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Capital improvements in downtown buildings provide landlords with leverage to push rates

• 14 buildings were constructed downtown in the last six years with the latest and greatest finishes and amenities. On the contrary, at over 30 years old, buildings in Denver’s aging skyline began to re-invest in capital improvements.  From outdoor plazas, to indoor lobbies, conference facilities, gyms, common areas and more, buildings positioned themselves to be on par with new construction.

• Tenants began flocking to new construction and some inked deals, but others walked away with sticker shock as rental rates hit new highs.  Existing buildings used this opportunity to upgrade their facilities in order to attract those tenants priced out of new construction.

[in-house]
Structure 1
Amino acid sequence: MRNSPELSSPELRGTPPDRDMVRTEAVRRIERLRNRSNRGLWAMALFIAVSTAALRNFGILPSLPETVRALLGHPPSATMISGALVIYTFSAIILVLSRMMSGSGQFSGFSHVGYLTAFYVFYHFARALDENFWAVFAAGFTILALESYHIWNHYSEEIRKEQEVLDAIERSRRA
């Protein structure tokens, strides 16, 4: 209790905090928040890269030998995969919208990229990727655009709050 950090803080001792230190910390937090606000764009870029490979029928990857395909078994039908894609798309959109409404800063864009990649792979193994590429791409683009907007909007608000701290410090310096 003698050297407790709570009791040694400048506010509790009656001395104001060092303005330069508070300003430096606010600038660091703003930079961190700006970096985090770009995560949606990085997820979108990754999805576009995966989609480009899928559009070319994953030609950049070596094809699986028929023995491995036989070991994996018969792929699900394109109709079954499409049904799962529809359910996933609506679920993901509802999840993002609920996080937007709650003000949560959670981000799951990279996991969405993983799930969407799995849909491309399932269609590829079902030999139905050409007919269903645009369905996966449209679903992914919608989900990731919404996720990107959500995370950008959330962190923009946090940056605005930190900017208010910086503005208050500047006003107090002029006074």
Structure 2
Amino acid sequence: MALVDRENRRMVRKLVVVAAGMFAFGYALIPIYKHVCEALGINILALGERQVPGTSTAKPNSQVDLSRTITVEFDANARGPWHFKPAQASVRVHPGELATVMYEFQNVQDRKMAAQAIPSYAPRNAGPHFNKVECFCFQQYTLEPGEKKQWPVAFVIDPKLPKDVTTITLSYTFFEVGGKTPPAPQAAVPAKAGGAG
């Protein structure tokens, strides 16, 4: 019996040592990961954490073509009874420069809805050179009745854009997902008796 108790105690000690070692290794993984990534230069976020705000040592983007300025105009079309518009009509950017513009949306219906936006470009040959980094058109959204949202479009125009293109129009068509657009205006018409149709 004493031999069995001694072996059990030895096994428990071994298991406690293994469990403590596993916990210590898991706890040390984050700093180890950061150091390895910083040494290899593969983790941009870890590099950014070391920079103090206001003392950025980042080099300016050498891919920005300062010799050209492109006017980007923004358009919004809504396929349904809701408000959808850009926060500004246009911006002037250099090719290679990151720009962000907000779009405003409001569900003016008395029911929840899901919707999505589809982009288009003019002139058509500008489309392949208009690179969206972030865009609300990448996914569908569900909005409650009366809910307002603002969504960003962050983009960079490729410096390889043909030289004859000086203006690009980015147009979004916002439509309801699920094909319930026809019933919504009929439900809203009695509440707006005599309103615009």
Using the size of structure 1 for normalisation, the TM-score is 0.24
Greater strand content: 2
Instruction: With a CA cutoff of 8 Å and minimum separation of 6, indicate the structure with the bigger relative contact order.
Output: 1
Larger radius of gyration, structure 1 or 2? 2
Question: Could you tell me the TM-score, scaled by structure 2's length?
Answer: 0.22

• Although the cost of older buildings remains lower than new construction, investing in capital improvements allowed those buildings to push rental rates.  1801 California invested by far the most—$53 million—and saw the greatest rent growth at 66.1 percent.  In addition, 1801 went from 33.5 percent to nearly 94.0 percent leased.  Buildings who recently completed renovations or who are underway have yet to see the same rate growth as those completed prior to 2017. Those landlords who have not yet would be wise to re-invest in their buildings.


Source: JLL Research




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